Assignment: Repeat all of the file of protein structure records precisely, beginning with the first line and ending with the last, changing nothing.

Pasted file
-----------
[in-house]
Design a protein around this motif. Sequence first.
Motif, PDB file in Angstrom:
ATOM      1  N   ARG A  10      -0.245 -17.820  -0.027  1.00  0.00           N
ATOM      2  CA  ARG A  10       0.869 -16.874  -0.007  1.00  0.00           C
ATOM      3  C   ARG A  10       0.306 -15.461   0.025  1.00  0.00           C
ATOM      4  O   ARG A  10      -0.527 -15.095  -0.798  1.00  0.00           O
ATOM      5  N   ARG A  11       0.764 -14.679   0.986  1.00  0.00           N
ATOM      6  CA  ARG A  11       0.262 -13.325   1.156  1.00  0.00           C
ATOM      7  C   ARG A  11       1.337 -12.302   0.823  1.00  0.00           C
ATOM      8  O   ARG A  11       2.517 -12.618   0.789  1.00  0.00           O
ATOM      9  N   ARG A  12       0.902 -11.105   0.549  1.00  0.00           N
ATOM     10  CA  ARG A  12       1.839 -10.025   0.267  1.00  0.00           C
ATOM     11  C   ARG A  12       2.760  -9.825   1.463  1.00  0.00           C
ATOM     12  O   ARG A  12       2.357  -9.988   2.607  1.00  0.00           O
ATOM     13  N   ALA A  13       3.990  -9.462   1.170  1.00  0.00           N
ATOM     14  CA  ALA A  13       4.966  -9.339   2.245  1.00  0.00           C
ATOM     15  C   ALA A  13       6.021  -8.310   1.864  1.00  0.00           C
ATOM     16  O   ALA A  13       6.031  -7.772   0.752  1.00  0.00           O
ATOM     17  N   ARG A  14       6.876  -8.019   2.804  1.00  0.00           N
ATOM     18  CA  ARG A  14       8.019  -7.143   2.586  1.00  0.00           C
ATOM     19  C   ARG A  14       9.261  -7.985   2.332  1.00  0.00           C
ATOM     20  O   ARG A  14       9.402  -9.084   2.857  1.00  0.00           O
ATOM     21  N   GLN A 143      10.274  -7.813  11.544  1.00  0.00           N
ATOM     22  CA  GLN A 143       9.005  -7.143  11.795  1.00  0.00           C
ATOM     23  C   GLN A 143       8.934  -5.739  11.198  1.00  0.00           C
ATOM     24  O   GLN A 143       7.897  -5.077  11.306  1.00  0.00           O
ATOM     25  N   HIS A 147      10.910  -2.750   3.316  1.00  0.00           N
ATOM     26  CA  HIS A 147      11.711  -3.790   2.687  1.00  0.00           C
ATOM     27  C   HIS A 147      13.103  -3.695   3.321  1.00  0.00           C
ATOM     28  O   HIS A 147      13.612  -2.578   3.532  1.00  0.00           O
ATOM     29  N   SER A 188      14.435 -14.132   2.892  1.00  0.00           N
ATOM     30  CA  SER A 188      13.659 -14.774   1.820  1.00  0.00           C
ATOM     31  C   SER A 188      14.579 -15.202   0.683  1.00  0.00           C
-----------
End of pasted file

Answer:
[in-house]
Design a protein around this motif. Sequence first.
Motif, PDB file in Angstrom:
ATOM      1  N   ARG A  10      -0.245 -17.820  -0.027  1.00  0.00           N
ATOM      2  CA  ARG A  10       0.869 -16.874  -0.007  1.00  0.00           C
ATOM      3  C   ARG A  10       0.306 -15.461   0.025  1.00  0.00           C
ATOM      4  O   ARG A  10      -0.527 -15.095  -0.798  1.00  0.00           O
ATOM      5  N   ARG A  11       0.764 -14.679   0.986  1.00  0.00           N
ATOM      6  CA  ARG A  11       0.262 -13.325   1.156  1.00  0.00           C
ATOM      7  C   ARG A  11       1.337 -12.302   0.823  1.00  0.00           C
ATOM      8  O   ARG A  11       2.517 -12.618   0.789  1.00  0.00           O
ATOM      9  N   ARG A  12       0.902 -11.105   0.549  1.00  0.00           N
ATOM     10  CA  ARG A  12       1.839 -10.025   0.267  1.00  0.00           C
ATOM     11  C   ARG A  12       2.760  -9.825   1.463  1.00  0.00           C
ATOM     12  O   ARG A  12       2.357  -9.988   2.607  1.00  0.00           O
ATOM     13  N   ALA A  13       3.990  -9.462   1.170  1.00  0.00           N
ATOM     14  CA  ALA A  13       4.966  -9.339   2.245  1.00  0.00           C
ATOM     15  C   ALA A  13       6.021  -8.310   1.864  1.00  0.00           C
ATOM     16  O   ALA A  13       6.031  -7.772   0.752  1.00  0.00           O
ATOM     17  N   ARG A  14       6.876  -8.019   2.804  1.00  0.00           N
ATOM     18  CA  ARG A  14       8.019  -7.143   2.586  1.00  0.00           C
ATOM     19  C   ARG A  14       9.261  -7.985   2.332  1.00  0.00           C
ATOM     20  O   ARG A  14       9.402  -9.084   2.857  1.00  0.00           O
ATOM     21  N   GLN A 143      10.274  -7.813  11.544  1.00  0.00           N
ATOM     22  CA  GLN A 143       9.005  -7.143  11.795  1.00  0.00           C
ATOM     23  C   GLN A 143       8.934  -5.739  11.198  1.00  0.00           C
ATOM     24  O   GLN A 143       7.897  -5.077  11.306  1.00  0.00           O
ATOM     25  N   HIS A 147      10.910  -2.750   3.316  1.00  0.00           N
ATOM     26  CA  HIS A 147      11.711  -3.790   2.687  1.00  0.00           C
ATOM     27  C   HIS A 147      13.103  -3.695   3.321  1.00  0.00           C
ATOM     28  O   HIS A 147      13.612  -2.578   3.532  1.00  0.00           O
ATOM     29  N   SER A 188      14.435 -14.132   2.892  1.00  0.00           N
ATOM     30  CA  SER A 188      13.659 -14.774   1.820  1.00  0.00           C
ATOM     31  C   SER A 188      14.579 -15.202   0.683  1.00  0.00           C